Ferreting out the truth

Stealing from Stephen Krashen’s newsletter, I want to point out that it is just this sort of detective work that yields so much truth. He points out that educational hotshots like Geoffrey Canada – not to minimize in any way the accomplishments of the man, only his misappropriation of data-based education with longer school days as the basis of success – are selling a product. The real reason for his own success comes out when he speaks of his love of reading, nurtured by his mother.
Here’s what Krashen says:
Geoffrey Canada says that a longer school day, increased
accountability, and “data to drive instruction” can help children who
have fallen behind (“The truth about our schools,” October 13). But in
his autobiography, Fist, Stick, Knife, Gun, he credits reading for his
own school success, despite growing up in poverty: “I loved reading,
and my mother, who read voraciously too, allowed me to have her novels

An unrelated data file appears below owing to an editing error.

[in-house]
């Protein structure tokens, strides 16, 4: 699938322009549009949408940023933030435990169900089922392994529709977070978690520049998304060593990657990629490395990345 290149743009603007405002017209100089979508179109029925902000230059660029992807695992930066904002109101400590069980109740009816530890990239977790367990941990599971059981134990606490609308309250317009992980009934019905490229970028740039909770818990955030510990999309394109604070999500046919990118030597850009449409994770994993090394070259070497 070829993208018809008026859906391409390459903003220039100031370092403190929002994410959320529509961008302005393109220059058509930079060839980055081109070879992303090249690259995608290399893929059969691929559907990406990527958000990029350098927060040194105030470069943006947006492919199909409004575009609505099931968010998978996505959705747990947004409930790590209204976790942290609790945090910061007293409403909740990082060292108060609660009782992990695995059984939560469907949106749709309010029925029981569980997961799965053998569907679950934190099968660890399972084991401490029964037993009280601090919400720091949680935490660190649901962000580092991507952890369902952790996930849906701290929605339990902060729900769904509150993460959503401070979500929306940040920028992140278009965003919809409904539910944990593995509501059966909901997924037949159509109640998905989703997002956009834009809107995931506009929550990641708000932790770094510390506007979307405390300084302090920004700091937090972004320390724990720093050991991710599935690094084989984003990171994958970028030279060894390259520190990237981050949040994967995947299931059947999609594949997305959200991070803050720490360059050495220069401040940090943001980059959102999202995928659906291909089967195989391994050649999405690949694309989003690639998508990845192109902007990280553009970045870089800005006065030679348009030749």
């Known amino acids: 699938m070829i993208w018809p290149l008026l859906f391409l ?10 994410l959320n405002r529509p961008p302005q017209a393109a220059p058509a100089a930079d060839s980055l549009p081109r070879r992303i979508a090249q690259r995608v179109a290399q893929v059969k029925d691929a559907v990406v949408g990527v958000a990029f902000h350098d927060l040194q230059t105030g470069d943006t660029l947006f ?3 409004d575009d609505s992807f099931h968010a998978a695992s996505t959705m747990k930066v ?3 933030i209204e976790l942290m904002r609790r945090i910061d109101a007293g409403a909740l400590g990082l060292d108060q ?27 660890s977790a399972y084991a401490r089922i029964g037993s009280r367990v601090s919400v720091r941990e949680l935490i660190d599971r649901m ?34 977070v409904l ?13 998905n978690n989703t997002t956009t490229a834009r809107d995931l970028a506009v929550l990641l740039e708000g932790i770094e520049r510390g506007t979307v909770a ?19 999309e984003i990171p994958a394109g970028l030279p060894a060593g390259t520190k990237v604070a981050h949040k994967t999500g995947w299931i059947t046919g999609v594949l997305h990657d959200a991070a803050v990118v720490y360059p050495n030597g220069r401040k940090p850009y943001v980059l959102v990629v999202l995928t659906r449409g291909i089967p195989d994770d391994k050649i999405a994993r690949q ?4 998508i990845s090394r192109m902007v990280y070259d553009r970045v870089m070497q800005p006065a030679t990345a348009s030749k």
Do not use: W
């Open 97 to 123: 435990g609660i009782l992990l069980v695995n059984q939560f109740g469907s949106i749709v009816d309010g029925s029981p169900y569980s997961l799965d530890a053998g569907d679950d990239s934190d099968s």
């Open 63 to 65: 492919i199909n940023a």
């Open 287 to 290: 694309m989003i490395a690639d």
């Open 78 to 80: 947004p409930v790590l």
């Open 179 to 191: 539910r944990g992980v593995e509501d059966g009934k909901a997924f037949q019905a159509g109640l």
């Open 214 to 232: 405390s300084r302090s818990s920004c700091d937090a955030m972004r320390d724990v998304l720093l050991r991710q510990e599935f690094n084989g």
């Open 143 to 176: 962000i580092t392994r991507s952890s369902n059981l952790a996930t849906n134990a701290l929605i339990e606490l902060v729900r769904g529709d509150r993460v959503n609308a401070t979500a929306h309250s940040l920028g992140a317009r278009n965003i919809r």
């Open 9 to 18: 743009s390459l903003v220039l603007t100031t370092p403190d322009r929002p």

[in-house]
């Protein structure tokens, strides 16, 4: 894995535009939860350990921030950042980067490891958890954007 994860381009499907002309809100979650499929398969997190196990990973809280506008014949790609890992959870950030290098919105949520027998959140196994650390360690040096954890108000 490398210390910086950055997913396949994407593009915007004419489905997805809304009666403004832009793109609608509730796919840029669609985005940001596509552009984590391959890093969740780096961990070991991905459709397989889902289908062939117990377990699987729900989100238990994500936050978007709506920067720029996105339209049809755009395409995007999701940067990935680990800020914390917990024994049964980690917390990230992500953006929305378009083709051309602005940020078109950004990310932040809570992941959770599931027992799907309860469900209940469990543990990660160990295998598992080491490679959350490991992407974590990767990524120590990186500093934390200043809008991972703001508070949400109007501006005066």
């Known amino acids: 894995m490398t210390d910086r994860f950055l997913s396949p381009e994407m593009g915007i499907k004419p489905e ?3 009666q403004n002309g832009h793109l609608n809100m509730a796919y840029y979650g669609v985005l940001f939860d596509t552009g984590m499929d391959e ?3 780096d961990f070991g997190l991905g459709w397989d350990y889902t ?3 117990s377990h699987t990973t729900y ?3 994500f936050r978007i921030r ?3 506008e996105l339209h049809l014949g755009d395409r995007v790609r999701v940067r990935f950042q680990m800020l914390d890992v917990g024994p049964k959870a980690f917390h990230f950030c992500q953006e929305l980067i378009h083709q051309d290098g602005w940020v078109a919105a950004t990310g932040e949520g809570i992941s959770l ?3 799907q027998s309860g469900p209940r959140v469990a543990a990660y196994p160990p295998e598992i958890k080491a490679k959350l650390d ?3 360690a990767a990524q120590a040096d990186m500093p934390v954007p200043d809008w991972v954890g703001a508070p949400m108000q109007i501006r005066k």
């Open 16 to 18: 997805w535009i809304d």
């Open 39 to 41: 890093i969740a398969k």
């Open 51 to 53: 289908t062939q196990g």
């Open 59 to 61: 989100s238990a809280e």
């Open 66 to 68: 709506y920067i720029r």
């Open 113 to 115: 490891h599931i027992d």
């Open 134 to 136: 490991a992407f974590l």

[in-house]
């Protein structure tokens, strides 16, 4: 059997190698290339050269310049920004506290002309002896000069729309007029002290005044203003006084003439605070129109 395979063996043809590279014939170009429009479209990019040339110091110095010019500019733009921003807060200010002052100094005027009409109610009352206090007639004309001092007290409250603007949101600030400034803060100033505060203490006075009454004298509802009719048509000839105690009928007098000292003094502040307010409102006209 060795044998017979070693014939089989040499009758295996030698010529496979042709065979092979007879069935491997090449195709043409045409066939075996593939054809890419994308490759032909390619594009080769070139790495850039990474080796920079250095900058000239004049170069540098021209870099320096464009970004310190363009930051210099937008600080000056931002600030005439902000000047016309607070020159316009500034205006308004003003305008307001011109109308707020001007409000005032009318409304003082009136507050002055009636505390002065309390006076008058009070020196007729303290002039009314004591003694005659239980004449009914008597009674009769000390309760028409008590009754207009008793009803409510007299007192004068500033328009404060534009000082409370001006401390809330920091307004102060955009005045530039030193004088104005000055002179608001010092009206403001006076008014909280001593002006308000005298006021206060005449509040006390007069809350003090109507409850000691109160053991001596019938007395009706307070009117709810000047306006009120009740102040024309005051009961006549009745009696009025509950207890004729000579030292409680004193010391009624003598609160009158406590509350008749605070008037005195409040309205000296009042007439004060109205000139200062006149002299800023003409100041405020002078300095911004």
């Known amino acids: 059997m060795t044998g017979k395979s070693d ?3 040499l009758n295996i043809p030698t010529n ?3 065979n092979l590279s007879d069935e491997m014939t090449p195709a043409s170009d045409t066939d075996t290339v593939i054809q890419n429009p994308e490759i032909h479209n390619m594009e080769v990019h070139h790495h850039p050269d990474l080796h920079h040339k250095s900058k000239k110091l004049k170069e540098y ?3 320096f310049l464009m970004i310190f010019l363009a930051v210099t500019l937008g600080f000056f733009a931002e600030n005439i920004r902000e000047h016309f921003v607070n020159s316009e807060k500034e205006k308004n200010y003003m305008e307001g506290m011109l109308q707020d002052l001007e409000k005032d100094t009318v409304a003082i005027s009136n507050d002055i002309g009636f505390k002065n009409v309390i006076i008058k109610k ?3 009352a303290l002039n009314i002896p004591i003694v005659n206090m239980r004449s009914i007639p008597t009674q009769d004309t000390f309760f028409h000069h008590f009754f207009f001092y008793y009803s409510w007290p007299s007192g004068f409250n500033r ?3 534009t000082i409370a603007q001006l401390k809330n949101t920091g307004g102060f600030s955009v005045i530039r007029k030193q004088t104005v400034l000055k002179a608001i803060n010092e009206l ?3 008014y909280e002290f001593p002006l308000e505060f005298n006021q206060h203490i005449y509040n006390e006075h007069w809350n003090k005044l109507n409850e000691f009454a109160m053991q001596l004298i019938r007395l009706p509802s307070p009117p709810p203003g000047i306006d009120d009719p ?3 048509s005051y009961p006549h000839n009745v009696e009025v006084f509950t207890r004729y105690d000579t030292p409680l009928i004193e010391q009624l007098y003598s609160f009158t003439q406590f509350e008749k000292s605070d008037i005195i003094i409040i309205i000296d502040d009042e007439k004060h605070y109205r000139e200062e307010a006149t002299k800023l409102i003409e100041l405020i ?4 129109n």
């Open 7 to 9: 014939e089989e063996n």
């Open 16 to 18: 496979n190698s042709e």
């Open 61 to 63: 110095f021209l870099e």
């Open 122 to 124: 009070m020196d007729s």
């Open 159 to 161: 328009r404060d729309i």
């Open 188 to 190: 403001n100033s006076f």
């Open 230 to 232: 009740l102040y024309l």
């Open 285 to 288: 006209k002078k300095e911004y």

after she finished them. My strong reading background allowed me to
have an easier time of it in most of my classes.” **

**There is no clear data supporting longer school days, increased
accountability and data-driven instruction as a means of improving
school performance. In contrast, there is overwhelming evidence
showing that Mr. Canada’s reading habit was indeed the basis for his
school success: Many studies show that providing access to interesting
and comprehensible reading substantially improves school performance.”

This, to me, is exactly like the person who took 3 or 4 years of Spanish and then spent two or three years working in a Spanish-speaking country who then attributes his fluency to those verb conjugations he rattled off in Senora Murphy’s class. B.S.

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